|Tori Talks is a bi-weekly feature in which she rants about something bookish (and sometimes not!) that bugs her. Warning: Tori Talks is never meant to offend anyone; it is personal opinion only.|
Yes, this is a weird one… I just get a bit annoyed at weird character names…
When I am reading, I pay a lot of attention to the characters actions, moves and names. Some books have ordinary names like Harry, Isabelle or Beatrice which are names that you would hear in real life and are quite common which is okay, sure they aren't the most creative, but they are normal. I don’t mind creative names, maybe one or two (like Hermione!) but when all of your characters are called Phoenix, River, Jonas and Arizona, then it's going a bit too far. If it is supposed to be a book set in a modern day (normal) world then maybe some can have creative names because some people actually do have really nice, out of the ordinary names, but not EVERYONE IS CALLED A MYTHICAL BIRDS NAME!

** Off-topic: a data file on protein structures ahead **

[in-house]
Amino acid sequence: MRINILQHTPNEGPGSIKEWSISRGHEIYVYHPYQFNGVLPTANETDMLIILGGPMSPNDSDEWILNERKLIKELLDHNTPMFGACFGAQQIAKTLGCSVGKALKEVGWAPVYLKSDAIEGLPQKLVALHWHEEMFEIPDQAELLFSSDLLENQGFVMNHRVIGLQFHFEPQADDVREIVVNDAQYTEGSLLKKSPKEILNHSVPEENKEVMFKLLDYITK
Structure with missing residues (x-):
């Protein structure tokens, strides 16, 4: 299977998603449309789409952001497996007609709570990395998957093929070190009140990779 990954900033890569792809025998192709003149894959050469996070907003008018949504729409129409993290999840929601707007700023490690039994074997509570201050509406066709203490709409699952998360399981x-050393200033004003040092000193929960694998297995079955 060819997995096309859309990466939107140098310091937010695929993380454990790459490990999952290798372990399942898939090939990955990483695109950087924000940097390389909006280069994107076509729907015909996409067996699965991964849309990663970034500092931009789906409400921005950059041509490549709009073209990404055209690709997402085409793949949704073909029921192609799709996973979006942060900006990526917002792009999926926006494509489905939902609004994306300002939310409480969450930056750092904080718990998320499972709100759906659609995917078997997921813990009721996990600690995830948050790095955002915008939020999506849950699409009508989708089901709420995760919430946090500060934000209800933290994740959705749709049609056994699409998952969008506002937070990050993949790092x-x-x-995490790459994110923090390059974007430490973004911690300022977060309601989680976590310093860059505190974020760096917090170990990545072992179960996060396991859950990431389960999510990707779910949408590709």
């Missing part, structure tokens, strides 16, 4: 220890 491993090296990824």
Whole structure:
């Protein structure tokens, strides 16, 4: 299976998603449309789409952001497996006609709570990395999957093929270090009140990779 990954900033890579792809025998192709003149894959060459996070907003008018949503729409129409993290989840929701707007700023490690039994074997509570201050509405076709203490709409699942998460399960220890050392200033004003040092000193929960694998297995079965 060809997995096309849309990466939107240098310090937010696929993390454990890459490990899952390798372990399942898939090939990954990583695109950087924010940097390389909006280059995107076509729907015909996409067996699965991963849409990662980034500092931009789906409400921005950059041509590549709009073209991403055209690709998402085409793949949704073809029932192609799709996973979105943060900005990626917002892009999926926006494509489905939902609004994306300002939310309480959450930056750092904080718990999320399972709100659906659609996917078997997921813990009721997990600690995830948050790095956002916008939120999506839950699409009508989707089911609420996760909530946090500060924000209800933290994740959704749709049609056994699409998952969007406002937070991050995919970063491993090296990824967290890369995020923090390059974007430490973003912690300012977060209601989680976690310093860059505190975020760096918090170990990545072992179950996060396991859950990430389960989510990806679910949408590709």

Although, I like weird names in fantasy, for a wizard or something and I don’t mind it for aliens, or a monster either. For example, Albus Percival Wulfric Brian Dumbledore is an amazing name because he is a great wizard therefore he has to have a cool, long, weird name!
Also, when a characters name means something like ‘strength’ or ‘warrior’ or something like that, I hate it. A character is not defined by its name! Unless it is some tradition that parents have to name their kids Latin names that means something because something big happens in the book to do with it, then why should their name actually matter?
One of the things that annoys me the most is when you are talking to someone about a character and you pronounce their name but then someone else pronounces it differently. It is confusing! For example, I pronounce Clary, from The Mortal Instruments, like Clah-ree whereas some people pronounce it Clare-ee. In addition to this, I have heard Plutarch, from The Hunger Games, being pronounced Plu-tark or Plu-tar-ch or Plu-tar. Why not be called John or Will?